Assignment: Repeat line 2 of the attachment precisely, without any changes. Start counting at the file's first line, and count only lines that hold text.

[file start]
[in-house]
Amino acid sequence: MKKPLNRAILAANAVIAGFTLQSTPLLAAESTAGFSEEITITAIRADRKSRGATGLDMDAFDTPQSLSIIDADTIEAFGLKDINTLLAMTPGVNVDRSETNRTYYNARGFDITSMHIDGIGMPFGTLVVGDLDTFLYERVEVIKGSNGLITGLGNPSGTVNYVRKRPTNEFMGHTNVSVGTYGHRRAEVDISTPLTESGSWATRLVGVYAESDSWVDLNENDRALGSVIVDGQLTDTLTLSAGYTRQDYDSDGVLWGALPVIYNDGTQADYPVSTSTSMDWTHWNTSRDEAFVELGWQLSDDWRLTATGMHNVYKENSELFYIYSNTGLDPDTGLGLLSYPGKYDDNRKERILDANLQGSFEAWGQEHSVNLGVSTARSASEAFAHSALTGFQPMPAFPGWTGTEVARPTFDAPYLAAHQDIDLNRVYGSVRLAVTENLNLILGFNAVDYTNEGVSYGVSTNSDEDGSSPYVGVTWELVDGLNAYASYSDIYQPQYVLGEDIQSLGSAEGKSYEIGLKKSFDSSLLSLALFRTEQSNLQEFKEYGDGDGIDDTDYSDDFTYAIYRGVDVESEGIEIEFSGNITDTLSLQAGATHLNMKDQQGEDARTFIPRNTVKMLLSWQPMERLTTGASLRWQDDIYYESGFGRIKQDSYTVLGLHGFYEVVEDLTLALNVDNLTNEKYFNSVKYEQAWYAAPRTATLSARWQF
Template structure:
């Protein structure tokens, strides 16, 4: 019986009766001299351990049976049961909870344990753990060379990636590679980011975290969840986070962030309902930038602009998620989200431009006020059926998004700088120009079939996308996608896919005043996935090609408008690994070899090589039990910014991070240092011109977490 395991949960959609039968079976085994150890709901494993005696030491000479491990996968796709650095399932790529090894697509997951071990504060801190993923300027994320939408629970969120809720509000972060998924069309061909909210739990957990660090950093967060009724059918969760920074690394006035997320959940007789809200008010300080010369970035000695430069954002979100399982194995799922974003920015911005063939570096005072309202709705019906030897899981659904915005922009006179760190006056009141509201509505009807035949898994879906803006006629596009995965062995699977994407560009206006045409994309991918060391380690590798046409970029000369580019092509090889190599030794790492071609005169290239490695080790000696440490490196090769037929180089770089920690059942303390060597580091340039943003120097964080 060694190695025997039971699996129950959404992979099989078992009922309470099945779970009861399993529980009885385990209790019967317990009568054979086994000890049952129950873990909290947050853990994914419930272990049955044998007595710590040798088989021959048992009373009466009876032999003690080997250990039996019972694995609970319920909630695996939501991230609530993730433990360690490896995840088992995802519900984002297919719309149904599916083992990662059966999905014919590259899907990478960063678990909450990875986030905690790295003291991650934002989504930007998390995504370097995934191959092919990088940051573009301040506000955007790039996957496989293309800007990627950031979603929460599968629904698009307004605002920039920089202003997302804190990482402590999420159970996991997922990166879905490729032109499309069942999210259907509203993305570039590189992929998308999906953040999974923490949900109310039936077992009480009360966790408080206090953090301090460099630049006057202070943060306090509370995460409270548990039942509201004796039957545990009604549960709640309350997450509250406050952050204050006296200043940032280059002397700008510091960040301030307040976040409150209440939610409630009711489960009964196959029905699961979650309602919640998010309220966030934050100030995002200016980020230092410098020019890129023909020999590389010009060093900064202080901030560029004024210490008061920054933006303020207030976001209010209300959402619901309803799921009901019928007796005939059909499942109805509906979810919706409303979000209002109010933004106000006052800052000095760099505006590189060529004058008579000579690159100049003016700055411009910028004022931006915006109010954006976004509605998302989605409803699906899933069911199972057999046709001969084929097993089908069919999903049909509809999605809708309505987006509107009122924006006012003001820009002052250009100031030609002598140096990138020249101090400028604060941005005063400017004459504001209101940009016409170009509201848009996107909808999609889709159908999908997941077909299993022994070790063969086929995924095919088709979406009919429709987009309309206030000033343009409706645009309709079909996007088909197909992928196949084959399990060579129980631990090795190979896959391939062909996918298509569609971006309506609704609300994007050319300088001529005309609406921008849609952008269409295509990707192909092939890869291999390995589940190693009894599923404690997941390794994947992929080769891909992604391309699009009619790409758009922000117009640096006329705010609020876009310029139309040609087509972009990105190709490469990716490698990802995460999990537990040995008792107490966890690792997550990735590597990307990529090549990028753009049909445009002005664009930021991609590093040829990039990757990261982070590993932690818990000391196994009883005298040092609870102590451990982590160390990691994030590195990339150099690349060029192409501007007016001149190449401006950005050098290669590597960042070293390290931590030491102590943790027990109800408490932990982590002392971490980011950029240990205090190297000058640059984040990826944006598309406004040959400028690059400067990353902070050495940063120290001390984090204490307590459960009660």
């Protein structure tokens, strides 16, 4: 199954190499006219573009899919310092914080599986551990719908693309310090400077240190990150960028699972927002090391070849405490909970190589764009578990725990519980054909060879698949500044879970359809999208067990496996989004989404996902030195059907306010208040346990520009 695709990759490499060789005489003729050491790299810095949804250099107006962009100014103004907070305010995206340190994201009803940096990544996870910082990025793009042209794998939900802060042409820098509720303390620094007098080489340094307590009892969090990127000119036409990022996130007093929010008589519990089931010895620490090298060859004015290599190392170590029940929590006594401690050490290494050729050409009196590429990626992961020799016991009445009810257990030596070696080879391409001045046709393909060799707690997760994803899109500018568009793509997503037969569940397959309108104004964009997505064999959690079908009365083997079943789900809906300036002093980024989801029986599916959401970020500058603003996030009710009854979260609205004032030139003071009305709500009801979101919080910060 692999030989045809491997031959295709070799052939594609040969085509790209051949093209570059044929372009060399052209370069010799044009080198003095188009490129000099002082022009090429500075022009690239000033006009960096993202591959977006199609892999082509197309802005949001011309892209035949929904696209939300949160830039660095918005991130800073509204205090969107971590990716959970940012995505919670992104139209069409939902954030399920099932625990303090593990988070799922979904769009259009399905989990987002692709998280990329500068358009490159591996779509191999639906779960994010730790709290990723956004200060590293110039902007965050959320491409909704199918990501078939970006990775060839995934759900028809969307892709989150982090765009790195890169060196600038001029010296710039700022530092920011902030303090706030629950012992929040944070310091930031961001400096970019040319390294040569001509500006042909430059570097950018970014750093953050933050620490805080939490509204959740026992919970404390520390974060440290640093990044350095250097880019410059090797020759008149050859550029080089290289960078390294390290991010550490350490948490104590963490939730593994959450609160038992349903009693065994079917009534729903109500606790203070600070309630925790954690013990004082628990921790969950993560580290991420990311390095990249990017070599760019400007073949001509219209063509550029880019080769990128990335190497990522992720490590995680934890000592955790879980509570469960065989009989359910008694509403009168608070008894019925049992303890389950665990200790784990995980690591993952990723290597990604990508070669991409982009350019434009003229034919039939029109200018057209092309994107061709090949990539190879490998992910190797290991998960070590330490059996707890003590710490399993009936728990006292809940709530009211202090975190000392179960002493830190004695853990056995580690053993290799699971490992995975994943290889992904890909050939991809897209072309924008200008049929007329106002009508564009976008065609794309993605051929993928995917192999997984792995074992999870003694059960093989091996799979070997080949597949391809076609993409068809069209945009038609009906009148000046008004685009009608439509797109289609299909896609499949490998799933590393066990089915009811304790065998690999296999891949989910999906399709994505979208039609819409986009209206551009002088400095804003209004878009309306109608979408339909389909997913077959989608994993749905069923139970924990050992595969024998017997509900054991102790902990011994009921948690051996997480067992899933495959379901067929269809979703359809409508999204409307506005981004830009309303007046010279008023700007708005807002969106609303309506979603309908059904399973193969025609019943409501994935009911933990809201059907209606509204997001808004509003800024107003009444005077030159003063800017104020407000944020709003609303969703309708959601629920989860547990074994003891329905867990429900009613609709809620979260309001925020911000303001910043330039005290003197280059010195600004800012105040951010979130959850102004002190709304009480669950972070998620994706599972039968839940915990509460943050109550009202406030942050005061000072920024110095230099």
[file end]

Amino acid sequence: MKKPLNRAILAANAVIAGFTLQSTPLLAAESTAGFSEEITITAIRADRKSRGATGLDMDAFDTPQSLSIIDADTIEAFGLKDINTLLAMTPGVNVDRSETNRTYYNARGFDITSMHIDGIGMPFGTLVVGDLDTFLYERVEVIKGSNGLITGLGNPSGTVNYVRKRPTNEFMGHTNVSVGTYGHRRAEVDISTPLTESGSWATRLVGVYAESDSWVDLNENDRALGSVIVDGQLTDTLTLSAGYTRQDYDSDGVLWGALPVIYNDGTQADYPVSTSTSMDWTHWNTSRDEAFVELGWQLSDDWRLTATGMHNVYKENSELFYIYSNTGLDPDTGLGLLSYPGKYDDNRKERILDANLQGSFEAWGQEHSVNLGVSTARSASEAFAHSALTGFQPMPAFPGWTGTEVARPTFDAPYLAAHQDIDLNRVYGSVRLAVTENLNLILGFNAVDYTNEGVSYGVSTNSDEDGSSPYVGVTWELVDGLNAYASYSDIYQPQYVLGEDIQSLGSAEGKSYEIGLKKSFDSSLLSLALFRTEQSNLQEFKEYGDGDGIDDTDYSDDFTYAIYRGVDVESEGIEIEFSGNITDTLSLQAGATHLNMKDQQGEDARTFIPRNTVKMLLSWQPMERLTTGASLRWQDDIYYESGFGRIKQDSYTVLGLHGFYEVVEDLTLALNVDNLTNEKYFNSVKYEQAWYAAPRTATLSARWQF